Chapter 1.1

 Geometry and Its
 Basic Terms

We take as the basis of every geometry the set of undefined elements (point, line, plane) which constitute space, the set of undefined relations (incidence, intermediacy, congruence) and the set of basic apriori assertions: axioms (postulates). All other elements and relations are defined by means of these primitive concepts, while all other assertions (theorems) are derived as deductive consequences of primitive propositions (axioms). So that, the character of space (this is, its geometry) is determined by the choice of the initial elements and their mutual relations expressed by axioms. The axioms of the usual approaches to geometry can be divided into a number of groups: axioms of incidence, axioms of order, axioms of continuity, axioms of congruence and axioms of parallelism. Geometry based on the first three groups of axioms is called "ordered geometry ", while geometry based on the first four groups of axioms is called "absolute geometry "; to the latter corresponds the n-dimensional absolute space denoted by Sn.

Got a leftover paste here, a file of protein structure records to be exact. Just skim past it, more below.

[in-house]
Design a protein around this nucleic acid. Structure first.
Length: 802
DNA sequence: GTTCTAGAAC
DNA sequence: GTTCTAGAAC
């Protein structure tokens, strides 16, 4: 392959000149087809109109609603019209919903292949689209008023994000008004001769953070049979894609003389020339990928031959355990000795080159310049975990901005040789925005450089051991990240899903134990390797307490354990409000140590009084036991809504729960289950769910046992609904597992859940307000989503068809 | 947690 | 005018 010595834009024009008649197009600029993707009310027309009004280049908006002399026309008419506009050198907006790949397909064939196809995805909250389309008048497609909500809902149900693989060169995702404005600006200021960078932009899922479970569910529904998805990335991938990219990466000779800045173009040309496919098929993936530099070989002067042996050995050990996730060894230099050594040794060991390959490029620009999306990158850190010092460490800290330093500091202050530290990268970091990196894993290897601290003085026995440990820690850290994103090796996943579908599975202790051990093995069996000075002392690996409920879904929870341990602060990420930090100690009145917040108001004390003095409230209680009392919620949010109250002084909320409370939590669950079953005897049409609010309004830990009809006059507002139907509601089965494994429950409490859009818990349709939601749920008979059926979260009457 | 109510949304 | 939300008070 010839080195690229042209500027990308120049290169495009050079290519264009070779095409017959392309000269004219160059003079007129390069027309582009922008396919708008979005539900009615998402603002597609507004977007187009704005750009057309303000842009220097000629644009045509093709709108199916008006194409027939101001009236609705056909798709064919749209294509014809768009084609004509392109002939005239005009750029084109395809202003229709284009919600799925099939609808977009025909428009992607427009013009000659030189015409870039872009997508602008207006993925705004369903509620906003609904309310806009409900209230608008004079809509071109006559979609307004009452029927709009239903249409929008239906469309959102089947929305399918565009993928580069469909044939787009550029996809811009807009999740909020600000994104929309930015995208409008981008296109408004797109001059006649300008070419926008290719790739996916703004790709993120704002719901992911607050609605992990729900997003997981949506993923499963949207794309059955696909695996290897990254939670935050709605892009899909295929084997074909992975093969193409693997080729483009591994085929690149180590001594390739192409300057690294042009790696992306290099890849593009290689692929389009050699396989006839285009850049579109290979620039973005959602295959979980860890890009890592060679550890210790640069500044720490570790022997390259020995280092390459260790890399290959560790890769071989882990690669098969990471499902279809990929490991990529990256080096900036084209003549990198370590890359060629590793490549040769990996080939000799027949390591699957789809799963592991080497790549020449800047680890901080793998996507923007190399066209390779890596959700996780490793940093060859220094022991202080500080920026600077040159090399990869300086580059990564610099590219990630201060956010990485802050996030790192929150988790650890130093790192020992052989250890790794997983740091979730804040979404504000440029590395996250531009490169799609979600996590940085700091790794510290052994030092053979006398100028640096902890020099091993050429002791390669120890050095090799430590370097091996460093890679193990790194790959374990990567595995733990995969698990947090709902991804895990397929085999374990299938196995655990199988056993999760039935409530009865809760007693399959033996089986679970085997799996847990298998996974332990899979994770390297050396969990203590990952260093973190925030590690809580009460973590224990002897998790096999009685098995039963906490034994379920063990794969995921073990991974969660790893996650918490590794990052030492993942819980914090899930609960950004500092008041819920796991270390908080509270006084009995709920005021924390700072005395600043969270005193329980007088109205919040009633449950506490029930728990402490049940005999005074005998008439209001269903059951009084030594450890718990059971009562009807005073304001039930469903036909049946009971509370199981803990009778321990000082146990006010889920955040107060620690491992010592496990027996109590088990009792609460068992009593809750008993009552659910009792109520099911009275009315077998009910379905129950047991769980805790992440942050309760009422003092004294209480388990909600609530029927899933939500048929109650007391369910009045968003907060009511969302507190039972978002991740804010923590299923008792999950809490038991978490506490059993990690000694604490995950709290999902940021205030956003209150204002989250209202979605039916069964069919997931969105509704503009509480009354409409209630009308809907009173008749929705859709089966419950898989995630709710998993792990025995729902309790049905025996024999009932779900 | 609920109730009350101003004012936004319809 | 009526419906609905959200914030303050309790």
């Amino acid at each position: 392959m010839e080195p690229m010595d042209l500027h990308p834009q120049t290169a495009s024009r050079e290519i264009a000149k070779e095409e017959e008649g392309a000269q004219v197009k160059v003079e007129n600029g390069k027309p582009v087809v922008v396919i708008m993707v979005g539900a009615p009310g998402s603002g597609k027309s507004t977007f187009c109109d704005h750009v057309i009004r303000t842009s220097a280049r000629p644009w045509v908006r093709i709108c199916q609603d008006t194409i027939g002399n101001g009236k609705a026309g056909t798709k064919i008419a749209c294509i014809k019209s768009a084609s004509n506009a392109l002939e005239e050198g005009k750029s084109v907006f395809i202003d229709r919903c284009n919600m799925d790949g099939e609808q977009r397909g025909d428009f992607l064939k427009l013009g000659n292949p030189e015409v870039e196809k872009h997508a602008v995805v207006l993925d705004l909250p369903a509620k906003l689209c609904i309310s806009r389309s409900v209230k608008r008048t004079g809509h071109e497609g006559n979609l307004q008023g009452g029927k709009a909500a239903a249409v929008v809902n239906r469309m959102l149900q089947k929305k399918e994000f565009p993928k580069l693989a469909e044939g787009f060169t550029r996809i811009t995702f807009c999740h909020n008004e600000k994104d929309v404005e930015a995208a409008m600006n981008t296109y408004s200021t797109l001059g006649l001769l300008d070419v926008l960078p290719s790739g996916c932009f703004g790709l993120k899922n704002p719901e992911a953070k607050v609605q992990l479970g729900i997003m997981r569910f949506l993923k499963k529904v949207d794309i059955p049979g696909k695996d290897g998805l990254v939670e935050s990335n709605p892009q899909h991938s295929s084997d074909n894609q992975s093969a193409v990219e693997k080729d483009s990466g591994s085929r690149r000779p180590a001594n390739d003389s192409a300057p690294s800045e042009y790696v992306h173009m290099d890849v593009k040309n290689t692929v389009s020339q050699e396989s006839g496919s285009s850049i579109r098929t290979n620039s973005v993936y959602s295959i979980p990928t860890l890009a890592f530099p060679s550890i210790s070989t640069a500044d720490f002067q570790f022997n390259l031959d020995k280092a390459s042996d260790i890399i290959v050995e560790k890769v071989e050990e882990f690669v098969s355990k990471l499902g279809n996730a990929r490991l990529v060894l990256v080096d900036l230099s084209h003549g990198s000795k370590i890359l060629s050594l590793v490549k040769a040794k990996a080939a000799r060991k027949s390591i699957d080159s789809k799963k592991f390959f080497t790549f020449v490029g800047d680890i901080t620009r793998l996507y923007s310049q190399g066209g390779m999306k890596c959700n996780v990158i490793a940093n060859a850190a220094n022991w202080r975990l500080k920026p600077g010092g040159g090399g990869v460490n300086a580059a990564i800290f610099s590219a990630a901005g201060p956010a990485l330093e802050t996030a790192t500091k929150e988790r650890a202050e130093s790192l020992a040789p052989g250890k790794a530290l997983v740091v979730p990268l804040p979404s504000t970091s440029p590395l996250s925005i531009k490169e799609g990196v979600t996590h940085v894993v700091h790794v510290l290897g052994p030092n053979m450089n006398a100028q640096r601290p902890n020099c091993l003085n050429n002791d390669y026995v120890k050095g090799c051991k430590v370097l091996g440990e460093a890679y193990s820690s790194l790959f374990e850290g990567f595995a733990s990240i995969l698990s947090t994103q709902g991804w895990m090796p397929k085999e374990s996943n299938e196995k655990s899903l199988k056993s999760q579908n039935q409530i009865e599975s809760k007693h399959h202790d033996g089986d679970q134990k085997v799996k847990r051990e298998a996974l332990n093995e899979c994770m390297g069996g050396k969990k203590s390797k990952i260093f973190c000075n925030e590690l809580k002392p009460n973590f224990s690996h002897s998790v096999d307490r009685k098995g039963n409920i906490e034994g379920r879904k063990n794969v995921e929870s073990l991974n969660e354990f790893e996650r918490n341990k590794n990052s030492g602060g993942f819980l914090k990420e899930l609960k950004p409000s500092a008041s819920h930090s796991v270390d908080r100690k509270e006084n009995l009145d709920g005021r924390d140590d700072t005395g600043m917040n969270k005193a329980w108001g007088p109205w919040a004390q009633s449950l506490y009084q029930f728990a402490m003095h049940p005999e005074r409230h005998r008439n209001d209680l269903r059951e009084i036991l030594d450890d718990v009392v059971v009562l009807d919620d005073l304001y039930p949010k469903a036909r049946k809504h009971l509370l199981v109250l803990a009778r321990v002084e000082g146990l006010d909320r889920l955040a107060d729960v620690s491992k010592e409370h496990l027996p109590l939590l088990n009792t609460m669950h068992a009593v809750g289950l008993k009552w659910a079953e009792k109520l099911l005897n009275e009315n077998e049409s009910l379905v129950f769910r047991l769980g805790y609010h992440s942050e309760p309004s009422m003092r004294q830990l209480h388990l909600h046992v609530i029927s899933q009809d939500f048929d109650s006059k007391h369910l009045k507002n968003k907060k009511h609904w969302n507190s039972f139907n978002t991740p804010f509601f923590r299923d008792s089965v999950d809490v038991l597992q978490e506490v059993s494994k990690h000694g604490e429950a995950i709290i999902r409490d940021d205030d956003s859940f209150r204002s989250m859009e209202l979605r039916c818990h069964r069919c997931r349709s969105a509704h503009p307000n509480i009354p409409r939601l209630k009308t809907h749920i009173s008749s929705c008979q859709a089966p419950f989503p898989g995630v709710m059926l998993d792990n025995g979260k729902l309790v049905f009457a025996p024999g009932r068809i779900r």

With respect to congruence, we distinguish the analytic procedure with the introduction of space metric and the synthetic procedure, also called non-metric. The justification for the name äbsolute geometry" is derived from the fact that the system of axioms introduced makes possible a branching out into the geometry of Euclid and that of Lobachevsky (hyperbolic geometry). This is achieved by adding the axiom of parallelism. By accepting the 5th postulate of Euclid (or its equivalent, Playfair's axiom of parallelism: "For each point A and line a there exists in the plane (aA) at most one line p which is incident with A and disjoint from a", where line p is said to be parallel to a) we come to Euclidean geometry. By accepting Lobachevsky's axiom of parallelism, which demands presence of at least two such lines, we come to non-Euclidean hyperbolic geometry, i.e. the geometry of Lobachevsky and that of space Ln. In particular, for n = 0 all these spaces are reduced to a point, and for n = 1 to a line; their specific characteristics come to full expression for n = 2, and we distinguish the absolute (S2), the Euclidean (E2), and the hyperbolic plane (L2). If there is no special remark, then the terms "plane" and "space" refer to the Euclidean spaces E2 and E3 respectively. By a similar extension of the set of axioms, ordered geometry supplemented with two axioms of parallelism becomes affine geometry (H.S.M. Coxeter, 1969).